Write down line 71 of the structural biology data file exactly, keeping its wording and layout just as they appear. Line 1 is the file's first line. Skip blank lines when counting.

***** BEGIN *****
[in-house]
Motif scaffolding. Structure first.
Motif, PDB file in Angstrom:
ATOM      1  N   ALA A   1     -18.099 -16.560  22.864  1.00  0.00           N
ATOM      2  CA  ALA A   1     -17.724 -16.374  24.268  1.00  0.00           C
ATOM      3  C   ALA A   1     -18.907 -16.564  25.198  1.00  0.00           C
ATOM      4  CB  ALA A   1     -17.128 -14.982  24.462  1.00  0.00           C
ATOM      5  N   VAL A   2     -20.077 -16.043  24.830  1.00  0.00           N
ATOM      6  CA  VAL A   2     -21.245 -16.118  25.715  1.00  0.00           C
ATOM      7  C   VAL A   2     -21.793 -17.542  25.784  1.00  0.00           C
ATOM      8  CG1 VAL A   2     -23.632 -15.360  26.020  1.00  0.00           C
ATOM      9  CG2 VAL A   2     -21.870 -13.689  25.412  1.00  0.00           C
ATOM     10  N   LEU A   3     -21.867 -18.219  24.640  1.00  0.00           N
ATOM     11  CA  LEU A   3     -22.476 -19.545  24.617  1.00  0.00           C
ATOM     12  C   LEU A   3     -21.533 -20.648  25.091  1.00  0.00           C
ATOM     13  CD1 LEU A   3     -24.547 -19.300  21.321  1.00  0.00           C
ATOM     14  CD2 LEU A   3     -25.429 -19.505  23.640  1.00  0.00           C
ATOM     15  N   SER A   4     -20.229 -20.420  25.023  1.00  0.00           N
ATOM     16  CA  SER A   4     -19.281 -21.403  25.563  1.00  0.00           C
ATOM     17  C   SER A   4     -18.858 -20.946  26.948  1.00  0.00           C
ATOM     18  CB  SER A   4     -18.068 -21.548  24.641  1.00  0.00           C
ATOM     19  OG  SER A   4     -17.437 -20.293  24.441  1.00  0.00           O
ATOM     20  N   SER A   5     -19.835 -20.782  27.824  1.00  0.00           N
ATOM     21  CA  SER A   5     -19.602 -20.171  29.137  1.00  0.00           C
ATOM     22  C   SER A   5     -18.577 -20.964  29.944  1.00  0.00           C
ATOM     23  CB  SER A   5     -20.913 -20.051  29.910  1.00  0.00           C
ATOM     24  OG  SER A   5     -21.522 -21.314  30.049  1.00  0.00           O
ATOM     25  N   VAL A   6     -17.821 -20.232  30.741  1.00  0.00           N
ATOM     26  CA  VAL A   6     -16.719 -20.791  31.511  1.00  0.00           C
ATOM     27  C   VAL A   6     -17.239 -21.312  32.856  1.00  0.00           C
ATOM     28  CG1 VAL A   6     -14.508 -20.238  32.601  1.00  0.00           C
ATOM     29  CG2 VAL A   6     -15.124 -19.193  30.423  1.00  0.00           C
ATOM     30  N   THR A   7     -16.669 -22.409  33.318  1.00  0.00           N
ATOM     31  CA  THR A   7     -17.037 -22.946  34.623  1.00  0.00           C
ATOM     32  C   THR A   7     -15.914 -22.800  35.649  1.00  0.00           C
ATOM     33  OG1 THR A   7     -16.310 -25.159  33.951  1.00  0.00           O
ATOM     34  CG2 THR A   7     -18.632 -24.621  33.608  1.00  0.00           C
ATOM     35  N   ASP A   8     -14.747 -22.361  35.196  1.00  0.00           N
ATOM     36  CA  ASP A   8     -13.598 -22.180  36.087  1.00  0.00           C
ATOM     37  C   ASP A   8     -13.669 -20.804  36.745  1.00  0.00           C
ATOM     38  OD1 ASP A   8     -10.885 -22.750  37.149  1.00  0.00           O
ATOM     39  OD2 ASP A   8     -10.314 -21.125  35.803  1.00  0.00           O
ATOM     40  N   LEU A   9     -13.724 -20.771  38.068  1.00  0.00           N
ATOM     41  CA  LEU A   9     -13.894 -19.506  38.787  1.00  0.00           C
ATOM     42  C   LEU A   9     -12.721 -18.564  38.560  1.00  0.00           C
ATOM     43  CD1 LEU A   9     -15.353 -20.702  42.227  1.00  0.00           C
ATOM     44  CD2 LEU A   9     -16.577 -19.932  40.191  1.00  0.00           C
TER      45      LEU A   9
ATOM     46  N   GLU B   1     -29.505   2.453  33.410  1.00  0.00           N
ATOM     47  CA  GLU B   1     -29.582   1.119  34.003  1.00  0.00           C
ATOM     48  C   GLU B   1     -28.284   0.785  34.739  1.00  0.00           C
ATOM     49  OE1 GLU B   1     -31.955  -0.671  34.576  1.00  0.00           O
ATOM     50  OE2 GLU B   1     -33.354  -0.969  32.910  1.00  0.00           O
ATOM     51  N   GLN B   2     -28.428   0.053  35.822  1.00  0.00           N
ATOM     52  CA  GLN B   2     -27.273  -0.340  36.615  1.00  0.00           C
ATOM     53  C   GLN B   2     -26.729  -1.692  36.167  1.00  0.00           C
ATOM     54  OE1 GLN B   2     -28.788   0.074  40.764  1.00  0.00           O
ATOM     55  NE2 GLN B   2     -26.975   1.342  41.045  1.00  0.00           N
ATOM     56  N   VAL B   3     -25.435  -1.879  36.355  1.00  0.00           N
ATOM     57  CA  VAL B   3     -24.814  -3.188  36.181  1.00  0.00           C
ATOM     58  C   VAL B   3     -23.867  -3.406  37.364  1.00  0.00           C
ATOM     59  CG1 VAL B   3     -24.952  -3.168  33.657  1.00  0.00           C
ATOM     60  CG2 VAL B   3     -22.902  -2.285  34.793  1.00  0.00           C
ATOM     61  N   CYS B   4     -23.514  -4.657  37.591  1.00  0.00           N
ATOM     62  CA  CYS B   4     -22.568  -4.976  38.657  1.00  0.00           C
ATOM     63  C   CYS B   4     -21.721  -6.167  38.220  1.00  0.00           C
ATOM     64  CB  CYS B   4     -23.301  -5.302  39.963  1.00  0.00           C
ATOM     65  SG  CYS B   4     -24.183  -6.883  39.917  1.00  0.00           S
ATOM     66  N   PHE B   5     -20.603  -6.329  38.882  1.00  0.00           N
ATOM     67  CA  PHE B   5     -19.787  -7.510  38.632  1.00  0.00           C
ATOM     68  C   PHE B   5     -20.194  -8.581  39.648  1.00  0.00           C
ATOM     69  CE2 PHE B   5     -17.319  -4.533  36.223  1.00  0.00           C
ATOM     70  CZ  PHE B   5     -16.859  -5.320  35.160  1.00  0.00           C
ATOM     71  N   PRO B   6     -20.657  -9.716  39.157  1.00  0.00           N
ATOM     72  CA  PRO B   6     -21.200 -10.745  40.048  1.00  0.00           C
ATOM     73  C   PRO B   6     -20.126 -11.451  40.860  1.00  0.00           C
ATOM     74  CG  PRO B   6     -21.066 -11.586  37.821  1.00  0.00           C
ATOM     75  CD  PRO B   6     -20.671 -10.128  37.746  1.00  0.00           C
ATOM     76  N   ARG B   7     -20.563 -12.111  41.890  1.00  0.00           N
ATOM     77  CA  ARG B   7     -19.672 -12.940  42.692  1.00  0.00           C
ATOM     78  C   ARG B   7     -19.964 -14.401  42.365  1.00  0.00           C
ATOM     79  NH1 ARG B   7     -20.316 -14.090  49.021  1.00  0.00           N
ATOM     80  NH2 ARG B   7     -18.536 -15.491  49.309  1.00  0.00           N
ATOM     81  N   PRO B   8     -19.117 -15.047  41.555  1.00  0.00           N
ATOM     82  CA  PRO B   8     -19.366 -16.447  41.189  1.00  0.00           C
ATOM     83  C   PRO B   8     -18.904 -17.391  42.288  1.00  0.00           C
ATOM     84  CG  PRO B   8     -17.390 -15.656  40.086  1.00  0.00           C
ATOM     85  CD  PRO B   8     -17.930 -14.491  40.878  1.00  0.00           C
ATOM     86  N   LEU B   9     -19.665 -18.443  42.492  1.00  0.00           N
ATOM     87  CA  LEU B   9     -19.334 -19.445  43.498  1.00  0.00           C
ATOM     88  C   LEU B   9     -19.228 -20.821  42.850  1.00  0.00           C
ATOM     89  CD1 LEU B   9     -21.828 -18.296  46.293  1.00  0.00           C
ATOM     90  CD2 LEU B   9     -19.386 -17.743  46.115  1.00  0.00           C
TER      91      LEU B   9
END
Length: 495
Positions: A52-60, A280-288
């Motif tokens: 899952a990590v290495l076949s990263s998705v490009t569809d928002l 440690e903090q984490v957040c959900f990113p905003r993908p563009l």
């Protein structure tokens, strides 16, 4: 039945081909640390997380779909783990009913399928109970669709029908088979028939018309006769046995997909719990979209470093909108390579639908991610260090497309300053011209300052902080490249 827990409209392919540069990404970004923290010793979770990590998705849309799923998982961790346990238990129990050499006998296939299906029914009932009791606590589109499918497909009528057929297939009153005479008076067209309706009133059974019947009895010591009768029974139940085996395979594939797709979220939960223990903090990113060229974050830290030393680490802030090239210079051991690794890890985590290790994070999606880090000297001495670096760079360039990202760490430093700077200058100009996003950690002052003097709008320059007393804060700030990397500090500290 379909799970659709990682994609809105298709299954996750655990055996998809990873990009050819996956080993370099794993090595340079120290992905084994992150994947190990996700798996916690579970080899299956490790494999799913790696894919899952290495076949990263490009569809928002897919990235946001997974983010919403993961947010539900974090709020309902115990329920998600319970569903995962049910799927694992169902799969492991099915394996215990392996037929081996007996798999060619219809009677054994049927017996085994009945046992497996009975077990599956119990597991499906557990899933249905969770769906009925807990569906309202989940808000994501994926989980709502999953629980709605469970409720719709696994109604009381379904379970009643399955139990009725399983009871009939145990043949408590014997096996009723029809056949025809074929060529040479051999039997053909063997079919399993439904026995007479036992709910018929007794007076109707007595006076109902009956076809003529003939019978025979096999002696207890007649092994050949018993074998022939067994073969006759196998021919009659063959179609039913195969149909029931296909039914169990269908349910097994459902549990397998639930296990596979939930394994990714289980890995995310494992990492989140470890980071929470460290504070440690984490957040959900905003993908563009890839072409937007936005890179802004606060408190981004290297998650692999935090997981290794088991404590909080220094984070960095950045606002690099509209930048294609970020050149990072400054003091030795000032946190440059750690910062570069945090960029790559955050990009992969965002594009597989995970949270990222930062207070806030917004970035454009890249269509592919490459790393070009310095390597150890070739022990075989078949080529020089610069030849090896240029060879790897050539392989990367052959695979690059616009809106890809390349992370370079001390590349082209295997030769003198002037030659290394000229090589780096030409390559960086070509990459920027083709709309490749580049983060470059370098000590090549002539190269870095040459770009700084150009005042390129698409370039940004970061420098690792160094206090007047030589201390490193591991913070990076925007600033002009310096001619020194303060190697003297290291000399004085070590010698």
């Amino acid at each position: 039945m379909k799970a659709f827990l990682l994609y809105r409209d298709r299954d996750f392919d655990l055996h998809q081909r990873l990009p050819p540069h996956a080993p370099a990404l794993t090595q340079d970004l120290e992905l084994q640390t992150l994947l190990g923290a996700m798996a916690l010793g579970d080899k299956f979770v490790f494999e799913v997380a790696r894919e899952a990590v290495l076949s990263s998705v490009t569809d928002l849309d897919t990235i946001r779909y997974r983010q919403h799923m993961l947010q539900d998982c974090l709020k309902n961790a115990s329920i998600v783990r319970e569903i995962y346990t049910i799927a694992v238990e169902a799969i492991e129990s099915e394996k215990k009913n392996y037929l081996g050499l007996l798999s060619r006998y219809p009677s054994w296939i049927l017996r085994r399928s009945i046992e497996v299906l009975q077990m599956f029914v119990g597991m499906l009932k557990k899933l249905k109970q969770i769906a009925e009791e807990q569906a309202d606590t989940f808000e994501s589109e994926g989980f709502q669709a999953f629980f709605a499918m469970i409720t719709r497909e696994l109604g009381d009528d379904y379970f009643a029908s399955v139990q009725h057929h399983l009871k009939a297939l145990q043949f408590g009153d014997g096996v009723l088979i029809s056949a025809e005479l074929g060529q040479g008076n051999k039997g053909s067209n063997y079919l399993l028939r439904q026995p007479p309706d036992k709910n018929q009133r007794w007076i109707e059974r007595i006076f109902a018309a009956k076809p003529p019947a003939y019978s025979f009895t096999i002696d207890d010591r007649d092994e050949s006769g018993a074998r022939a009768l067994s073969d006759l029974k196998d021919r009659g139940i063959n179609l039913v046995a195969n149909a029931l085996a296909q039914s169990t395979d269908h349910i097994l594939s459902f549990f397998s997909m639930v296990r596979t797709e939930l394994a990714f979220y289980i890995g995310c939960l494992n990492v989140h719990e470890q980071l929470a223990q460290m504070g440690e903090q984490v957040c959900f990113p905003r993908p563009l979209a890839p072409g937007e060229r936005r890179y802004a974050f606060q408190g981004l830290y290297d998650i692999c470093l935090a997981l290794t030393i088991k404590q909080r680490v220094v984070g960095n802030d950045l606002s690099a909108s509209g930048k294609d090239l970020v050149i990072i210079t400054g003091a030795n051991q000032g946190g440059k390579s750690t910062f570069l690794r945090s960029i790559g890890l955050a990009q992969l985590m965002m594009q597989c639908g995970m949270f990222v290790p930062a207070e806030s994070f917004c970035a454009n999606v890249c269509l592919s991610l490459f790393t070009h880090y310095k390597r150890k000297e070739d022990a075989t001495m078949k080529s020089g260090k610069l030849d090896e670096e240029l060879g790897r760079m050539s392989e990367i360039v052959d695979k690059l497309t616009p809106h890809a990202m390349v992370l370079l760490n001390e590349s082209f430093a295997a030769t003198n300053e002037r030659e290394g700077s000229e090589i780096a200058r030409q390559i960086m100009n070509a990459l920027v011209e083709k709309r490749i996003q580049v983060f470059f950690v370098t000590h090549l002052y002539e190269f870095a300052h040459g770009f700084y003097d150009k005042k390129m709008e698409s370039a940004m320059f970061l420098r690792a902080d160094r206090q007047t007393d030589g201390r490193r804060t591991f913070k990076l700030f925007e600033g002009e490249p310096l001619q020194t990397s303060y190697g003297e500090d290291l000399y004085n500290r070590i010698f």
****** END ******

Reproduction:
ATOM     68  C   PHE B   5     -20.194  -8.581  39.648  1.00  0.00           C